Common Air Conditioning Problems & Solutions

When you start your car, what’s the first thing you adjust? For many drivers across America, the first thing we touch after we start our car is the air conditioning. Whether it’s too hot or too cold, odds are that you take your air conditioning for granted – until it’s gone!


Many people do not realize that your vehicle’s air conditioning system never creates cold air. In fact, it actually takes the heat and moisture out of the air that is already found in your cabin, replacing it with noticeably cooler air. To put it simply, your car’s air conditioning system is very similar to the one found in your home or office.

Having a good understanding of how the components work can help to explain the methods of repairs in the air conditioning system:

Refrigerant – While it is not technically a “component” of your system, refrigerant makes your air conditioning system work! Without it, heat cannot be removed from the system, which makes it essential for cooling your vehicle. At low pressures and temperatures, the refrigerant is gaseous but at higher temperatures and pressures, it is liquid. These levels should must be filled to an exact amount in order to function properly.
Compressor – The heart of the AC system, the compressor compresses the refrigerant so that it turns from gas to liquid.
Condenser – Your car’s condenser looks a lot like your radiator but continues to be one of the easiest components to spot (since it’s right in front of the radiator). This device condenses the high-pressure, high-temperature, vaporized refrigerant coming from the compressors. The condensed air then flows through the condenser to remove the heat in the high-pressure refrigerant, cooling it down.
Evaporator – Located behind the passenger compartment, the evaporator looks like a very small radiator with fins and tubes. Cold air from the receiver moves through the core of this component, allowing cold and dry air to be pushed through the vents.
Receiver – Your system’s receiver prepares the refrigerant for entry into the evaporator by storing it while removing any last bits of moisture that may be still in the refrigerant.
Expansion Valve –As the name implies, this valve allows the expansion of high-pressure liquid refrigerant coming from the receiver. When the expansion occurs, the pressure is lowered.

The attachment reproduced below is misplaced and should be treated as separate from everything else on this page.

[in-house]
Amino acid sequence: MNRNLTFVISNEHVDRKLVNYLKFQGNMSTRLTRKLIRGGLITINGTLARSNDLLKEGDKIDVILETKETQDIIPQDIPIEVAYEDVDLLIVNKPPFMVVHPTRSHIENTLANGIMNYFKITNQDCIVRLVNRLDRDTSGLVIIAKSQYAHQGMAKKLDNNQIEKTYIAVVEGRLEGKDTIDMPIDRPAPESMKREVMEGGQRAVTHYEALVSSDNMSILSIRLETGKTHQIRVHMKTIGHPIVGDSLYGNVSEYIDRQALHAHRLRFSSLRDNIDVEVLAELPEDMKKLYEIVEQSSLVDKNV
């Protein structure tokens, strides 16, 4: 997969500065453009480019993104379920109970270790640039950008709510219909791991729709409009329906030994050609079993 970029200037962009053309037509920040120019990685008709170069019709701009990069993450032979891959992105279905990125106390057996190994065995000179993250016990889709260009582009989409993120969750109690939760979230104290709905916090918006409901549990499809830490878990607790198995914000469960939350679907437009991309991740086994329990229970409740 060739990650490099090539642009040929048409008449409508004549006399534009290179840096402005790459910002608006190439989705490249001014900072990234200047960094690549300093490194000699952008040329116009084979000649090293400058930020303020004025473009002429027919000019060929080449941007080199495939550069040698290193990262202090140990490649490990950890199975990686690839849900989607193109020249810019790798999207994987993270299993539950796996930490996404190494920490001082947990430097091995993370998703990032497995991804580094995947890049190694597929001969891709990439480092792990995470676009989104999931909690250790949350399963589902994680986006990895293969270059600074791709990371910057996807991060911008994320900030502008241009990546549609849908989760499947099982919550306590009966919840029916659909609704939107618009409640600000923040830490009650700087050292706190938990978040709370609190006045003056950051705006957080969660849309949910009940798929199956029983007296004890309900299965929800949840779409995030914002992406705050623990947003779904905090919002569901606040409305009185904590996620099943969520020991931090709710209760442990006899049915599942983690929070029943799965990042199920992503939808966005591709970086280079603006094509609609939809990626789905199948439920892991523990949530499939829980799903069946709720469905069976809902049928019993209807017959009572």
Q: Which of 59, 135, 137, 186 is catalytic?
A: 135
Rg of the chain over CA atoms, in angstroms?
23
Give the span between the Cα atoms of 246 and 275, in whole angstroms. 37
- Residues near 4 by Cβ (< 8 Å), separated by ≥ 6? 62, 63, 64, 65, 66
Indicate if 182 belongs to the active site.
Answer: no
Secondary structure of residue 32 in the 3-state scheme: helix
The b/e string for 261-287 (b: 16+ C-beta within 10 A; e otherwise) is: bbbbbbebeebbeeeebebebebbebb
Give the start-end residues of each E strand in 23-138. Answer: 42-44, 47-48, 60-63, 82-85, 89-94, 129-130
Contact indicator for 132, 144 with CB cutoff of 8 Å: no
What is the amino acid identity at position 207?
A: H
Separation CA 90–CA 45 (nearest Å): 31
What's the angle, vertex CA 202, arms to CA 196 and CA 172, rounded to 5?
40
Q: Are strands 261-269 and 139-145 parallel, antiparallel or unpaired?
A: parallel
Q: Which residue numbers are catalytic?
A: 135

Some warning signs that your car’s AC may need help include:

Foul Odor – Certain vehicle air conditioner issues can cause a foul or unpleasant odor that is emitted into the cabin via your air vents. Bad odors can be caused by a dirty or aging filter or even mold that has grown on your AC’s evaporator case.
Noticeable Airflow Change – If you have noticed a decrease in the quality of what you’ve come to expect from your car’s air conditioning, this may be an early warning sign of possible mildew or mold buildup if airflow has decreased.
Change in Cooling – Has your cooling taken a noticeable decline? If you are expecting cold air, but not getting it no matter how long you wait, this is an obvious sign of AC trouble. This could be due to many things, such as a blockage in your system or even a compressor issue.
Loud Noises When AC Is On – Your car’s compressor is the backbone of your AC system. If you hear loud noises, like a grinding or squealing sound when the AC is turned on, this may be a sign of a larger compressor issue that needs to be repaired.
No matter the symptoms you are experiencing, a qualified and professional auto mechanic will be able to dial in on exactly what is wrong with your air conditioning system, as well as offer services or advice to get your unit back up and running in no time.


Most air conditioning issues could be remedied, or avoided altogether, through preventive maintenance. Detection and repair of any of your car’s air conditioning system issues can prevent additional damage that will save you time and money.

Some easy things to do to maintain your AC system includes:

Inspect Compressor Belt – If you are ever under your car’s hood, be sure to regularly check and inspect your compressor belt for cracks and damage.
Look for Damage – Visible damage can be a telltale sign that your car is experiencing air conditioning issues. If you noticed anything wrong with your car’s operations, bring it to a professional.
Test Air Conditioning Function – You should always test your air conditioning system throughout the year to ensure it is properly cooling. You never want to be stuck in the heat without it.
Regular Service – As a general rule of thumb, we’ll perform a visual inspection on each service. If you’re experiencing any trouble with your AC, we’ll assess the problem further, potentially performing an evac and recharge.

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